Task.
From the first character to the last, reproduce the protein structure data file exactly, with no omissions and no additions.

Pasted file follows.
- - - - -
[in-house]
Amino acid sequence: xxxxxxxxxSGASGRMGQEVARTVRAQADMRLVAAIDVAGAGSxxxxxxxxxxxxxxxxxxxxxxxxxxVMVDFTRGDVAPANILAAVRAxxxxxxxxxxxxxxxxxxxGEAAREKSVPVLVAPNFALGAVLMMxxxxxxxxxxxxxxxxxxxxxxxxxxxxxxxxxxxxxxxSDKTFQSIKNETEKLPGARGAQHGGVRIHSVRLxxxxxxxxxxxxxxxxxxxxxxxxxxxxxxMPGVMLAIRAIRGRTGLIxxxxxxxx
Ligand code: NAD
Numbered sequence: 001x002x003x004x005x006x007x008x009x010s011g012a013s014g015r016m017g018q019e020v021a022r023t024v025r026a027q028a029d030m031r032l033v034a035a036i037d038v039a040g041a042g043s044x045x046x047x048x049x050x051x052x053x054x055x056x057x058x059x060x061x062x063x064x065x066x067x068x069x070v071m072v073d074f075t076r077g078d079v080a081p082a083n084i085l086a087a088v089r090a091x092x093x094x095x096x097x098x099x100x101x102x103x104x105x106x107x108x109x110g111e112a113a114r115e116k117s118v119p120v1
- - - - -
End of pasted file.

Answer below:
[in-house]
Amino acid sequence: xxxxxxxxxSGASGRMGQEVARTVRAQADMRLVAAIDVAGAGSxxxxxxxxxxxxxxxxxxxxxxxxxxVMVDFTRGDVAPANILAAVRAxxxxxxxxxxxxxxxxxxxGEAAREKSVPVLVAPNFALGAVLMMxxxxxxxxxxxxxxxxxxxxxxxxxxxxxxxxxxxxxxxSDKTFQSIKNETEKLPGARGAQHGGVRIHSVRLxxxxxxxxxxxxxxxxxxxxxxxxxxxxxxMPGVMLAIRAIRGRTGLIxxxxxxxx
Ligand code: NAD
Numbered sequence: 001x002x003x004x005x006x007x008x009x010s011g012a013s014g015r016m017g018q019e020v021a022r023t024v025r026a027q028a029d030m031r032l033v034a035a036i037d038v039a040g041a042g043s044x045x046x047x048x049x050x051x052x053x054x055x056x057x058x059x060x061x062x063x064x065x066x067x068x069x070v071m072v073d074f075t076r077g078d079v080a081p082a083n084i085l086a087a088v089r090a091x092x093x094x095x096x097x098x099x100x101x102x103x104x105x106x107x108x109x110g111e112a113a114r115e116k117s118v119p120v1